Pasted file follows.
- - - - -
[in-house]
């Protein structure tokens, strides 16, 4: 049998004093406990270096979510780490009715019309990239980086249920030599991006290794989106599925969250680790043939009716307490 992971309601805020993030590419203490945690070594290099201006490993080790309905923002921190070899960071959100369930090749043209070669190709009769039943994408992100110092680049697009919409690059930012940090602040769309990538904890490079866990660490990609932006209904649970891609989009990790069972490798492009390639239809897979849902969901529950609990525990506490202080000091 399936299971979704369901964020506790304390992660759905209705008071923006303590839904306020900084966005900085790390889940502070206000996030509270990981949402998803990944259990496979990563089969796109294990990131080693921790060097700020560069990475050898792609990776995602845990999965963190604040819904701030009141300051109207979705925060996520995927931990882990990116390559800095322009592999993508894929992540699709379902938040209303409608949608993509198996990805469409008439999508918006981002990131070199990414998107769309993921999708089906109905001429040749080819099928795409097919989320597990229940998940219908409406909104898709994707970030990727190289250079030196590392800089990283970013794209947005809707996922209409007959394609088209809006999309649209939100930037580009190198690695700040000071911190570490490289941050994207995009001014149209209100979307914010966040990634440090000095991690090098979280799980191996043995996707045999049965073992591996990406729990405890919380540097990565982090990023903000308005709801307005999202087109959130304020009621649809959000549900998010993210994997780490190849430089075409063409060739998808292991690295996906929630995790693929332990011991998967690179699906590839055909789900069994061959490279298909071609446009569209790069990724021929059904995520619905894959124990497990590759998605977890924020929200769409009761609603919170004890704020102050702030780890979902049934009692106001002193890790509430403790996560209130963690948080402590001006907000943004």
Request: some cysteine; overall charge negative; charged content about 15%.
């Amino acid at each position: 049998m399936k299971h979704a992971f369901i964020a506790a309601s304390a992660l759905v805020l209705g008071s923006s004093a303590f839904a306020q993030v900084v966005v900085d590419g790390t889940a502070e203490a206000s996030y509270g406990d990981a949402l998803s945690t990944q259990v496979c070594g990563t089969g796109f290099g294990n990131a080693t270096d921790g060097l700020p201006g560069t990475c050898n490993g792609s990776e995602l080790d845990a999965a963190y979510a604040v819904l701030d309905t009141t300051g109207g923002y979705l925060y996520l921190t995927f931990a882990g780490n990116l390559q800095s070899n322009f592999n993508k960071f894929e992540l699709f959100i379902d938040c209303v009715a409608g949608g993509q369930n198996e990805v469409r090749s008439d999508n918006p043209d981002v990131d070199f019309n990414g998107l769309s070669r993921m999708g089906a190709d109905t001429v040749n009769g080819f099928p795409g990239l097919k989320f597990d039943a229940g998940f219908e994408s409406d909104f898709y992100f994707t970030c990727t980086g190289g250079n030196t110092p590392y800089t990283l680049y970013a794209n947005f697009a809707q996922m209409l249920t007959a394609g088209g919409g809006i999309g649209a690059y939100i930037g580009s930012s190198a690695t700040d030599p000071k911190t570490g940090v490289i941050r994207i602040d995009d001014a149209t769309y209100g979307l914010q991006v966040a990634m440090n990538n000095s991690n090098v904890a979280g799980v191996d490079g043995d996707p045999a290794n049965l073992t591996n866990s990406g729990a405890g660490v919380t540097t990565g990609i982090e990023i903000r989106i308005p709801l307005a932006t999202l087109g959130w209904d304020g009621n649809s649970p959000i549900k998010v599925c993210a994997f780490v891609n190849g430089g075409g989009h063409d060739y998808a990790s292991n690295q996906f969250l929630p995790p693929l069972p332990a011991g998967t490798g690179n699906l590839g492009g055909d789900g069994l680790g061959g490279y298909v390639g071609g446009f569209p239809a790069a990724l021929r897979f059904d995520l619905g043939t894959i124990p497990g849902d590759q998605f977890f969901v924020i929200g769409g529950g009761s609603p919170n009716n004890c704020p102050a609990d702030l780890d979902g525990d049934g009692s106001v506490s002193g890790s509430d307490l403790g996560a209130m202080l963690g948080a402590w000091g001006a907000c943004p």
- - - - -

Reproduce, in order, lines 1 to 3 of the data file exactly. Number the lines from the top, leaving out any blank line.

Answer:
[in-house]
């Protein structure tokens, strides 16, 4: 049998004093406990270096979510780490009715019309990239980086249920030599991006290794989106599925969250680790043939009716307490 992971309601805020993030590419203490945690070594290099201006490993080790309905923002921190070899960071959100369930090749043209070669190709009769039943994408992100110092680049697009919409690059930012940090602040769309990538904890490079866990660490990609932006209904649970891609989009990790069972490798492009390639239809897979849902969901529950609990525990506490202080000091 399936299971979704369901964020506790304390992660759905209705008071923006303590839904306020900084966005900085790390889940502070206000996030509270990981949402998803990944259990496979990563089969796109294990990131080693921790060097700020560069990475050898792609990776995602845990999965963190604040819904701030009141300051109207979705925060996520995927931990882990990116390559800095322009592999993508894929992540699709379902938040209303409608949608993509198996990805469409008439999508918006981002990131070199990414998107769309993921999708089906109905001429040749080819099928795409097919989320597990229940998940219908409406909104898709994707970030990727190289250079030196590392800089990283970013794209947005809707996922209409007959394609088209809006999309649209939100930037580009190198690695700040000071911190570490490289941050994207995009001014149209209100979307914010966040990634440090000095991690090098979280799980191996043995996707045999049965073992591996990406729990405890919380540097990565982090990023903000308005709801307005999202087109959130304020009621649809959000549900998010993210994997780490190849430089075409063409060739998808292991690295996906929630995790693929332990011991998967690179699906590839055909789900069994061959490279298909071609446009569209790069990724021929059904995520619905894959124990497990590759998605977890924020929200769409009761609603919170004890704020102050702030780890979902049934009692106001002193890790509430403790996560209130963690948080402590001006907000943004």
Request: some cysteine; overall charge negative; charged content about 15%.